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[en] Highlights: •SOC and capacity are dually estimated with online adapted battery model. •Model identification and state dual estimate are fully decoupled. •Multiple timescales are used to improve estimation accuracy and stability. •The proposed method is verified with lab-scale experiments. •The proposed method is applicable to different battery chemistries. -- Abstract: Reliable online estimation of state of charge (SOC) and capacity is critically important for the battery management system (BMS). This paper presents a multi-timescale method for dual estimation of SOC and capacity with an online identified battery model. The model parameter estimator and the dual estimator are fully decoupled and executed with different timescales to improve the model accuracy and stability. Specifically, the model parameters are online adapted with the vector-type recursive least squares (VRLS) to address the different variation rates of them. Based on the online adapted battery model, the Kalman filter (KF)-based SOC estimator and RLS-based capacity estimator are formulated and integrated in the form of dual estimation. Experimental results suggest that the proposed method estimates the model parameters, SOC, and capacity in real time with fast convergence and high accuracy. Experiments on both lithium-ion battery and vanadium redox flow battery (VRB) verify the generality of the proposed method on multiple battery chemistries. The proposed method is also compared with other existing methods on the computational cost to reveal its superiority for practical application.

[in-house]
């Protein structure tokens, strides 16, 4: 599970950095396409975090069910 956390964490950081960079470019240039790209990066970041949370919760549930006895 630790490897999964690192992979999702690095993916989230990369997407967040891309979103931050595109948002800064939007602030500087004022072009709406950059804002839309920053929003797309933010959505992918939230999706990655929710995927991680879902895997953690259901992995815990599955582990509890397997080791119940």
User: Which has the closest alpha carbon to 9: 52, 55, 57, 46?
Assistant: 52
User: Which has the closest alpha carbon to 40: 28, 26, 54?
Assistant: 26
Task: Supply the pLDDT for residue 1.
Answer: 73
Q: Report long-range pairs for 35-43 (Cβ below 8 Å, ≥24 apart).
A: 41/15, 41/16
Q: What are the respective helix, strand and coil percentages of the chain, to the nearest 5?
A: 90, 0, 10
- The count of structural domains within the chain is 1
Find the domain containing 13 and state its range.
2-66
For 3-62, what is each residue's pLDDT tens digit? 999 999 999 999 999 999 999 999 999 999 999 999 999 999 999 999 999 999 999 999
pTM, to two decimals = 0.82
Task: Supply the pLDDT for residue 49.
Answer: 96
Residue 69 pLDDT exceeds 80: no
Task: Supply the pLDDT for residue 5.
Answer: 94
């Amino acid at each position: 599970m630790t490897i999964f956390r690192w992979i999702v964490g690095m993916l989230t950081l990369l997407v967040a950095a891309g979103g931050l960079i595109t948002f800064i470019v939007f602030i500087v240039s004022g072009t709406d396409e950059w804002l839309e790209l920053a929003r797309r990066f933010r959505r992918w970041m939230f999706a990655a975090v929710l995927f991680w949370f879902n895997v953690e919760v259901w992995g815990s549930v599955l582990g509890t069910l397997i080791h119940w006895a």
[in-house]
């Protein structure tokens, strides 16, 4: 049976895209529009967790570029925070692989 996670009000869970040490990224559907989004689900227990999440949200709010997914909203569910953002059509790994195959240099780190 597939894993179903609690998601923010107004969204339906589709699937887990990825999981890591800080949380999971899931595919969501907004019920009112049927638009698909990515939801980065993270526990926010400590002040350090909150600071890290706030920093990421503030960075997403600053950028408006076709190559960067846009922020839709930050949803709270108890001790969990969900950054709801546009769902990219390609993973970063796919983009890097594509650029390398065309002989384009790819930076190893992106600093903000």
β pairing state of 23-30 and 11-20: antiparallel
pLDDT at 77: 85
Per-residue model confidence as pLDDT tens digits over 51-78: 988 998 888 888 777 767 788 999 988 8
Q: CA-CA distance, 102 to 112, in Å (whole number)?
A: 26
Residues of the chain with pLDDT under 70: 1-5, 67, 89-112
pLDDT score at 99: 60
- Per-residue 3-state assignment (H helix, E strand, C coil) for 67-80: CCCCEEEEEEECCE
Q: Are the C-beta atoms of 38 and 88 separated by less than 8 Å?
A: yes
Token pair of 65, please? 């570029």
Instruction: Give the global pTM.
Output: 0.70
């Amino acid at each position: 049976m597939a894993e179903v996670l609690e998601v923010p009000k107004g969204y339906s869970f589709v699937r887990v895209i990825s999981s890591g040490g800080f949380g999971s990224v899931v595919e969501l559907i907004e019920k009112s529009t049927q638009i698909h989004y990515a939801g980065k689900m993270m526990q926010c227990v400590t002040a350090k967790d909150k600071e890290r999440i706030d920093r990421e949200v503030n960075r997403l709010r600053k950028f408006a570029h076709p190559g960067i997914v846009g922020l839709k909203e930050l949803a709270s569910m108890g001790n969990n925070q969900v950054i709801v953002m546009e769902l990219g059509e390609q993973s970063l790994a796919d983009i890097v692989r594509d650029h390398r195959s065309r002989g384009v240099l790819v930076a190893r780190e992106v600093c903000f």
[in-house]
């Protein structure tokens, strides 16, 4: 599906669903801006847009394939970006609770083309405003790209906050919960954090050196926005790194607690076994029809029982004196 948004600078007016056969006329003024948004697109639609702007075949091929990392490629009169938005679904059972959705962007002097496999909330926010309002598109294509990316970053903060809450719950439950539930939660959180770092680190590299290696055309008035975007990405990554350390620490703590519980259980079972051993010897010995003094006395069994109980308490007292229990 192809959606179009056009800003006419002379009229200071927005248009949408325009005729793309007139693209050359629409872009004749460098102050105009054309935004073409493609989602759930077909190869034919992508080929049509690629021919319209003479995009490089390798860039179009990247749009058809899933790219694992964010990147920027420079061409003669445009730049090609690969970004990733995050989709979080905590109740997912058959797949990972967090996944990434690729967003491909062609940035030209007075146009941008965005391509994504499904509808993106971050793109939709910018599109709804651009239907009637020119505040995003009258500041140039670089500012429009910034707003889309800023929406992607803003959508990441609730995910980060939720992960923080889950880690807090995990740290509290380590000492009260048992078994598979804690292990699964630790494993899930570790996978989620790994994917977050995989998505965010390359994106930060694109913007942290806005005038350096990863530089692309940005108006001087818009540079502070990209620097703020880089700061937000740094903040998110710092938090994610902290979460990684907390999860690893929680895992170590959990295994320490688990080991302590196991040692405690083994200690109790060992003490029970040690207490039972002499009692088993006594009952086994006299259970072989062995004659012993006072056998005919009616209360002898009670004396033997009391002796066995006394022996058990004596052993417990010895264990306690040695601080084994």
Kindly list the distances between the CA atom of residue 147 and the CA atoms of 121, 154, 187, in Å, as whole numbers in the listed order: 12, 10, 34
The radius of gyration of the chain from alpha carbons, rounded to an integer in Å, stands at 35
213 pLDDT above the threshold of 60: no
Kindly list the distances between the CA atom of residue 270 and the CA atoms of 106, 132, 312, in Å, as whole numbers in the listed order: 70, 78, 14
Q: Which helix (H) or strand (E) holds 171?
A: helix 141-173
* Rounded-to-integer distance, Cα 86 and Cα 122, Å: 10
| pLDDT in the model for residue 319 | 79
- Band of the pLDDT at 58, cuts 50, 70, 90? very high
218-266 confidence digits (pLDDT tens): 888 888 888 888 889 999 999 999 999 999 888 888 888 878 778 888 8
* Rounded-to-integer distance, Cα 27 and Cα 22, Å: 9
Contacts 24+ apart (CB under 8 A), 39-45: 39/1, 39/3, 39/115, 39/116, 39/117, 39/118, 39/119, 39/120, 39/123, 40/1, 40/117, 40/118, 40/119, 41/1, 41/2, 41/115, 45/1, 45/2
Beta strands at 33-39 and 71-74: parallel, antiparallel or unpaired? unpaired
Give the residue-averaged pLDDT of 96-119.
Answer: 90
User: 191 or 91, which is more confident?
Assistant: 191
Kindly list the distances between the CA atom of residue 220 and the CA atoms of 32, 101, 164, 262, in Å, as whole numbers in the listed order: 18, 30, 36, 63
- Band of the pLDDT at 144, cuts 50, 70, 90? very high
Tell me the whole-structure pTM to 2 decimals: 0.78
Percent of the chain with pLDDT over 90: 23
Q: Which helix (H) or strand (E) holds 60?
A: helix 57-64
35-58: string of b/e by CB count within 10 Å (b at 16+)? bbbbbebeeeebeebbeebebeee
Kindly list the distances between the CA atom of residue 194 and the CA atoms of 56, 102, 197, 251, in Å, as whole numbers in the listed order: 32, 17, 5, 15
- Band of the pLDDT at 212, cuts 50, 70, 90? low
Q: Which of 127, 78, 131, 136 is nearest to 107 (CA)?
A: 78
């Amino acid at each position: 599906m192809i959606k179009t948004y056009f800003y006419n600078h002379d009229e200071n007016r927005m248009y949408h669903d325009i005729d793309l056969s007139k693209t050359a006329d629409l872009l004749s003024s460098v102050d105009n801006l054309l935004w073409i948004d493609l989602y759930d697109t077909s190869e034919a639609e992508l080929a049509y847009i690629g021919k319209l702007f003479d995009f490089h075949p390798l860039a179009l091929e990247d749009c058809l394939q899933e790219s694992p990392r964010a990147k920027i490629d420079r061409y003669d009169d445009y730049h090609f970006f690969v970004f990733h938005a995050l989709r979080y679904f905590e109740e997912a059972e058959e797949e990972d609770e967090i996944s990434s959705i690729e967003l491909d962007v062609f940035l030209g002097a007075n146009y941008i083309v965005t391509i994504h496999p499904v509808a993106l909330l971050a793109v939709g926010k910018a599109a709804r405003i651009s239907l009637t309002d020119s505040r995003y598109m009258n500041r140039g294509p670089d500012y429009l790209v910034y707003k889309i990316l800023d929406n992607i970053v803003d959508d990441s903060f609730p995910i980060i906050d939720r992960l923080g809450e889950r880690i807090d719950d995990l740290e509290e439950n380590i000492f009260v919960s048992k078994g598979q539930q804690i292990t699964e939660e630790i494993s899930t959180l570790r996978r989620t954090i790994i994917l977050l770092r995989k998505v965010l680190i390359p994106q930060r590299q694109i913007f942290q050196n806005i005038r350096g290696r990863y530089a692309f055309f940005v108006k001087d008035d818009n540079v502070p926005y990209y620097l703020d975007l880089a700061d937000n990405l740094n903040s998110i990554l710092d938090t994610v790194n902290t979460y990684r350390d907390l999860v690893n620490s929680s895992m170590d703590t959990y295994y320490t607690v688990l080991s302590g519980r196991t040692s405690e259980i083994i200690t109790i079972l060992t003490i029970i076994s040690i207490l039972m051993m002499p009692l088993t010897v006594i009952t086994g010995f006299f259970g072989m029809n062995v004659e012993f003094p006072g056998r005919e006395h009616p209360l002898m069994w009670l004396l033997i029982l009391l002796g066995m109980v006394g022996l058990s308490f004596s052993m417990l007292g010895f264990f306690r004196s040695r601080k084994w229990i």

[en] Structural changes in a promising cathode material LiNi0.8Co0.1Mn0.1O2 for lithium-ion batteries were in situ studied by X-ray diffraction analysis in the course of electrochemical reactions. The Rietveld method and TOPAS 5 software package were used to examine changes in the unit cell parameters of LiNi0.8Co0.1Mn0.1O2 and the reasons for these changes. It was found that the unit cell volume increases by 2% relative to the discharged state (2.7 V) upon charging to 4.2 V.
[en] In this manuscript, porous Co3O4 nanorods are prepared through a two-step approach which is composed of hydrothermal process and heating treatment as high performance anode for lithium-ion battery. Benefiting from the porous structure and 1-dimensional features, the product becomes robust and exhibits high reversible capability, good cycling performance, and excellent rate performance. - Graphical abstract: 1D porous Co3O4 nanostructure as anode for lithium-ion battery with excellent electrochemical performance. - Highlights: • A two-step route has been applied to prepare 1D porous Co3O4 nanostructure. • Its porous feature facilitates the fast transport of electron and lithium ion. • Its porous structure endows it with capacities higher than its theoretical capacity. • 1D nanostructure can tolerate volume changes during lithation/delithiation cycles. • It exhibits high capacity, good cyclability and excellent rate performance